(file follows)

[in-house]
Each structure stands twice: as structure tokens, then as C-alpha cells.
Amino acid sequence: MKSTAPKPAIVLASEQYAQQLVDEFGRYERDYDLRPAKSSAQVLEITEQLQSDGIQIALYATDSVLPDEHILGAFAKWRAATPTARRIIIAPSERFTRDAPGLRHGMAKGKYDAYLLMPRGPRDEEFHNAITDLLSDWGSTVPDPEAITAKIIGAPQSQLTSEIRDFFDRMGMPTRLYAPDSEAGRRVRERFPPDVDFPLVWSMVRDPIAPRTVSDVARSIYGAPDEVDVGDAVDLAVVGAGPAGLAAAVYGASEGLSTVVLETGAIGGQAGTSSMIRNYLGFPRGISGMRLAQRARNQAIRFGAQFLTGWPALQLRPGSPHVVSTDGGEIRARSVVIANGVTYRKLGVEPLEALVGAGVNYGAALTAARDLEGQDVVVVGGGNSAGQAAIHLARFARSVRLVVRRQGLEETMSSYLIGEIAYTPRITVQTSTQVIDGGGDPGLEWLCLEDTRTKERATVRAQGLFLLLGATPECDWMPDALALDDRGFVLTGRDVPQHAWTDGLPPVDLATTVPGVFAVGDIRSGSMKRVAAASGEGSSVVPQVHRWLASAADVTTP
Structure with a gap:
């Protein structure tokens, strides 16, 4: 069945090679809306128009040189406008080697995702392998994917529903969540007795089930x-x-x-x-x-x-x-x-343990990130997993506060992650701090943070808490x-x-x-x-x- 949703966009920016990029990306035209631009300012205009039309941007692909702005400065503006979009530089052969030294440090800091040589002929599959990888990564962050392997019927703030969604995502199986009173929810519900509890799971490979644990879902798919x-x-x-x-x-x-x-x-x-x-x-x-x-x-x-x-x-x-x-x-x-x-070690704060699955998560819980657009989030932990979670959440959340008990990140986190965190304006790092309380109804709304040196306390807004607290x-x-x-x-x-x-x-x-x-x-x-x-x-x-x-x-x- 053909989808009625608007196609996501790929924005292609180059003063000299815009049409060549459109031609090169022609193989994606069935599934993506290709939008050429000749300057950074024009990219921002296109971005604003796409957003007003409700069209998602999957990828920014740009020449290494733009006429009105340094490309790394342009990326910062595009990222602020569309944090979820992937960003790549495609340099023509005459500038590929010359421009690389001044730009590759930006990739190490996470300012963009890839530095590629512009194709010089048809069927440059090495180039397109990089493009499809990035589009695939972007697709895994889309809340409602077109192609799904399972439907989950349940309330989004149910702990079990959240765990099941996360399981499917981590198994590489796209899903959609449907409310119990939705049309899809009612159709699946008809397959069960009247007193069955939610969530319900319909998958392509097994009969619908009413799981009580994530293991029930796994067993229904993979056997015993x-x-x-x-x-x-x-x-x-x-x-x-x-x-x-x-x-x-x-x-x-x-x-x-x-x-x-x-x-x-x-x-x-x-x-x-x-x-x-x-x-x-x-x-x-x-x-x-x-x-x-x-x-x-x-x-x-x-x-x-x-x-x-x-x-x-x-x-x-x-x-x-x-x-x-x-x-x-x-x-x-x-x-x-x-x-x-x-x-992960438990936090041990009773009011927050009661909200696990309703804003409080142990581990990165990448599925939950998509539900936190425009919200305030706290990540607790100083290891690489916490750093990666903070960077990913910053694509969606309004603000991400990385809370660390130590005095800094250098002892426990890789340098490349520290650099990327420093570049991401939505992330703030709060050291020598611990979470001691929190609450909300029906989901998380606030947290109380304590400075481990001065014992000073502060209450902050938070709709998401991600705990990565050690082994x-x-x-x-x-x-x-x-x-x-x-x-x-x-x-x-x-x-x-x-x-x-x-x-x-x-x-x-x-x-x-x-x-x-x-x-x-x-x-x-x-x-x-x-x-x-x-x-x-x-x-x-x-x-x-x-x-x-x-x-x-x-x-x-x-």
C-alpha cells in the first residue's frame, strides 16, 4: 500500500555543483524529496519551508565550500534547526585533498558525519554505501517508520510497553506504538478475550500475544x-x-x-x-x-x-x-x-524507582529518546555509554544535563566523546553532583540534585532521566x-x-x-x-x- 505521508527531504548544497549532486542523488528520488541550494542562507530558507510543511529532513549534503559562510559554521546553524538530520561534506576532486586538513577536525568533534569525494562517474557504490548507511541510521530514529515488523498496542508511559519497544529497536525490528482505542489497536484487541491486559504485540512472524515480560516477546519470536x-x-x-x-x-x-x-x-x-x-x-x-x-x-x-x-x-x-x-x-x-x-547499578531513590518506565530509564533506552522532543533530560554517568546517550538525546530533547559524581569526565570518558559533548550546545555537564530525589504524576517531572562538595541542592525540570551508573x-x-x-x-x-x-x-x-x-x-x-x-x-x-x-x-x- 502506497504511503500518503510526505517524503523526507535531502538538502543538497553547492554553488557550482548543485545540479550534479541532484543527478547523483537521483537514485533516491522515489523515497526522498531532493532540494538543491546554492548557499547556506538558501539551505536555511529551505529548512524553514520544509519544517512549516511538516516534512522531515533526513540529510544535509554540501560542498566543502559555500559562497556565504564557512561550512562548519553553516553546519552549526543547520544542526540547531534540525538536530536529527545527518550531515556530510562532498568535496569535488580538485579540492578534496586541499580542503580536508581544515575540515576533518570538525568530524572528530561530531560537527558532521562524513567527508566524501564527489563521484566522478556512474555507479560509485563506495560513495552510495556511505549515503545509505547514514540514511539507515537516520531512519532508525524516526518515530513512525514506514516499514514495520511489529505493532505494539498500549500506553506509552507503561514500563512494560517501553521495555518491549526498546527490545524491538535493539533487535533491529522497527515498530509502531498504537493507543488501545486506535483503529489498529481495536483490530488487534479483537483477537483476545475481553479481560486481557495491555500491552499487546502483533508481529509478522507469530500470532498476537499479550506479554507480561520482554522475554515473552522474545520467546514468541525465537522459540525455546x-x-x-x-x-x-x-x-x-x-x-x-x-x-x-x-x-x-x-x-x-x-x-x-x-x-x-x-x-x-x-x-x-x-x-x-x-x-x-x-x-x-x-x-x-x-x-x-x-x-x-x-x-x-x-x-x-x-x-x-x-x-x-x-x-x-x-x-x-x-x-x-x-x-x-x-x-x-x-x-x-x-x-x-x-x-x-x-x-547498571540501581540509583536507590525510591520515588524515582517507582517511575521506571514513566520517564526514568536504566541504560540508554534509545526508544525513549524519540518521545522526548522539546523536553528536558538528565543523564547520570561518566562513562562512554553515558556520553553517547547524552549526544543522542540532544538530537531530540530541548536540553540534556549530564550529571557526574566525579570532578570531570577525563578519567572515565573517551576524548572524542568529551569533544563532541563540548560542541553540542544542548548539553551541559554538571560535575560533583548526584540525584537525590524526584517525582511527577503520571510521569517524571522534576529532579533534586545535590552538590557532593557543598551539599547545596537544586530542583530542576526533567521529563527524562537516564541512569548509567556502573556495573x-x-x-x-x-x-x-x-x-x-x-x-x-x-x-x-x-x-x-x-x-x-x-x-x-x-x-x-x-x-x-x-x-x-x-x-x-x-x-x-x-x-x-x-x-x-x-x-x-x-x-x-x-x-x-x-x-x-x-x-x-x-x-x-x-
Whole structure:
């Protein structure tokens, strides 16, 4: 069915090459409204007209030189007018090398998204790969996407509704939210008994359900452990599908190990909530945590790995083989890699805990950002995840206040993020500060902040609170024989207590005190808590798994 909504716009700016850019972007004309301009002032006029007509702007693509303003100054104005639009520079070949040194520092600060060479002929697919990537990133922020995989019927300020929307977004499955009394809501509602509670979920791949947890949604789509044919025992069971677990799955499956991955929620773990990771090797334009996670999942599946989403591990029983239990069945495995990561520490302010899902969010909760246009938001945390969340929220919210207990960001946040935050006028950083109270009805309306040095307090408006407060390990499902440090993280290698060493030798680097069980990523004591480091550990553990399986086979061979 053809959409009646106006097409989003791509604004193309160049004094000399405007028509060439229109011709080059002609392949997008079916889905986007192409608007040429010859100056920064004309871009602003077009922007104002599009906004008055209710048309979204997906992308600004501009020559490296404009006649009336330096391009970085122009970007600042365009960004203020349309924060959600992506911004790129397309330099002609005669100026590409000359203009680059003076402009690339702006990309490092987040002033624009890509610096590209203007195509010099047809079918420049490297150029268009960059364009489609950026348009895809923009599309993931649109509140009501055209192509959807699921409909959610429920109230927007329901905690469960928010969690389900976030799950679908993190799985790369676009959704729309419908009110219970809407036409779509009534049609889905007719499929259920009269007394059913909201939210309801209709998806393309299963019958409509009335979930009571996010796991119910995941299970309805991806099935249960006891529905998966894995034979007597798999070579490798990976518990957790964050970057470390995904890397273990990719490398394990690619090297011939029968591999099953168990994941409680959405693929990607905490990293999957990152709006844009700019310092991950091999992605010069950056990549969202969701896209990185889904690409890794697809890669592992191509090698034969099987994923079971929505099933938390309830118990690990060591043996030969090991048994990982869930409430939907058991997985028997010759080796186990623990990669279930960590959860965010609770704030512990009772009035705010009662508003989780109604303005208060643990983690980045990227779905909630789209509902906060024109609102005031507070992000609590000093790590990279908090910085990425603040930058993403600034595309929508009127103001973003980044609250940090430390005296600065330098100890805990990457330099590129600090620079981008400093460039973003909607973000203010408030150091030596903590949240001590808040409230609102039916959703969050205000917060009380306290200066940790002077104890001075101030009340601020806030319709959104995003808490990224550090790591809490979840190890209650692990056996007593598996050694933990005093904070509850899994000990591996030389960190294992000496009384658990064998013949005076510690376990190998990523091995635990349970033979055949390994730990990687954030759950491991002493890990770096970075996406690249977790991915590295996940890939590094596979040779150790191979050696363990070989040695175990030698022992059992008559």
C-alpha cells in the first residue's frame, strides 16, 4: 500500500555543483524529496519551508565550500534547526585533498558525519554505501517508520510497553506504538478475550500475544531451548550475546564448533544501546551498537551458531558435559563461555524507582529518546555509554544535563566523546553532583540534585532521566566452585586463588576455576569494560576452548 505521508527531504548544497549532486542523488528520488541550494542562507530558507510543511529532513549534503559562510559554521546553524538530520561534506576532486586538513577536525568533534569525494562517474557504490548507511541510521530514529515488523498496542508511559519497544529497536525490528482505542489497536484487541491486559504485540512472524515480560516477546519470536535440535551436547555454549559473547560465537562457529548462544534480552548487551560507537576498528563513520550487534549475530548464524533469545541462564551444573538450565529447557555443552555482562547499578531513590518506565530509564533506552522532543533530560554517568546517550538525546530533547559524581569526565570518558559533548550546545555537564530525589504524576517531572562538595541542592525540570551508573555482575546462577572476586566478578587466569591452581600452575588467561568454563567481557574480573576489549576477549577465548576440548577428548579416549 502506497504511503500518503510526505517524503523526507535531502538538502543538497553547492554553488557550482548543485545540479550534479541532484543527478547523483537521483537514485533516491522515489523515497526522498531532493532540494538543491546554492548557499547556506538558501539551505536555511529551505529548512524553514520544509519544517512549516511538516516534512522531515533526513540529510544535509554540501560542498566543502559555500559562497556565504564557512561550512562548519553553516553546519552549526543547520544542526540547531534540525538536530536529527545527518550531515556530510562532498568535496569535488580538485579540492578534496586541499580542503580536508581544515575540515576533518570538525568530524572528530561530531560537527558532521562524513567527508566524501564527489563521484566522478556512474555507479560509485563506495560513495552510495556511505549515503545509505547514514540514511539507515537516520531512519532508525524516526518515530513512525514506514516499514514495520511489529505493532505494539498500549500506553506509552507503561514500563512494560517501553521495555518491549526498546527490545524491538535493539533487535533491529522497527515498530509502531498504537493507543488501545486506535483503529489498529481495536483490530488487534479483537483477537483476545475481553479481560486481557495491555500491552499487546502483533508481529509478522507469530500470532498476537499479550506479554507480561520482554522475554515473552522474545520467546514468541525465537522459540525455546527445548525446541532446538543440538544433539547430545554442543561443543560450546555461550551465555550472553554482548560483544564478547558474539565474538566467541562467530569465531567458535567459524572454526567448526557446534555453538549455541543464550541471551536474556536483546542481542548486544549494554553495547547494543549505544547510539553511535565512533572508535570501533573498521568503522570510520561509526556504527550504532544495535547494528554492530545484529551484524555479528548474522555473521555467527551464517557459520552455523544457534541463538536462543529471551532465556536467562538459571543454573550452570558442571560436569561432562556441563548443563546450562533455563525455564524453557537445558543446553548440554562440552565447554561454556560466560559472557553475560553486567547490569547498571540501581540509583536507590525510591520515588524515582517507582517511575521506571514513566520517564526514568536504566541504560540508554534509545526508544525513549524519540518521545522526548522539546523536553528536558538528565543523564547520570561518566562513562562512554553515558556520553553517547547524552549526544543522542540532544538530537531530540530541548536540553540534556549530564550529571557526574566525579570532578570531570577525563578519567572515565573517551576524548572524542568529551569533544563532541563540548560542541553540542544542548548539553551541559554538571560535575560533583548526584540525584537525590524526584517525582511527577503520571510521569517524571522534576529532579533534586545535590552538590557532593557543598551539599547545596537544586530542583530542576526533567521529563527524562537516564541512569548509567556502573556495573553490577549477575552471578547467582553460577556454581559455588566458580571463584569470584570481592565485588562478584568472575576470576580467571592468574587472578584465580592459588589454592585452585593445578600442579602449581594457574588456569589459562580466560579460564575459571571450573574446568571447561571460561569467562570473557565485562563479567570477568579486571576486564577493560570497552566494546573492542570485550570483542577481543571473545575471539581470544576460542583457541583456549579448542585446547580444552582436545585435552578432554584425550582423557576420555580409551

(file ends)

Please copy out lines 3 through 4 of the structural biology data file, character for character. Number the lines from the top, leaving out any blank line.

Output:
Amino acid sequence: MKSTAPKPAIVLASEQYAQQLVDEFGRYERDYDLRPAKSSAQVLEITEQLQSDGIQIALYATDSVLPDEHILGAFAKWRAATPTARRIIIAPSERFTRDAPGLRHGMAKGKYDAYLLMPRGPRDEEFHNAITDLLSDWGSTVPDPEAITAKIIGAPQSQLTSEIRDFFDRMGMPTRLYAPDSEAGRRVRERFPPDVDFPLVWSMVRDPIAPRTVSDVARSIYGAPDEVDVGDAVDLAVVGAGPAGLAAAVYGASEGLSTVVLETGAIGGQAGTSSMIRNYLGFPRGISGMRLAQRARNQAIRFGAQFLTGWPALQLRPGSPHVVSTDGGEIRARSVVIANGVTYRKLGVEPLEALVGAGVNYGAALTAARDLEGQDVVVVGGGNSAGQAAIHLARFARSVRLVVRRQGLEETMSSYLIGEIAYTPRITVQTSTQVIDGGGDPGLEWLCLEDTRTKERATVRAQGLFLLLGATPECDWMPDALALDDRGFVLTGRDVPQHAWTDGLPPVDLATTVPGVFAVGDIRSGSMKRVAAASGEGSSVVPQVHRWLASAADVTTP
Structure with a gap: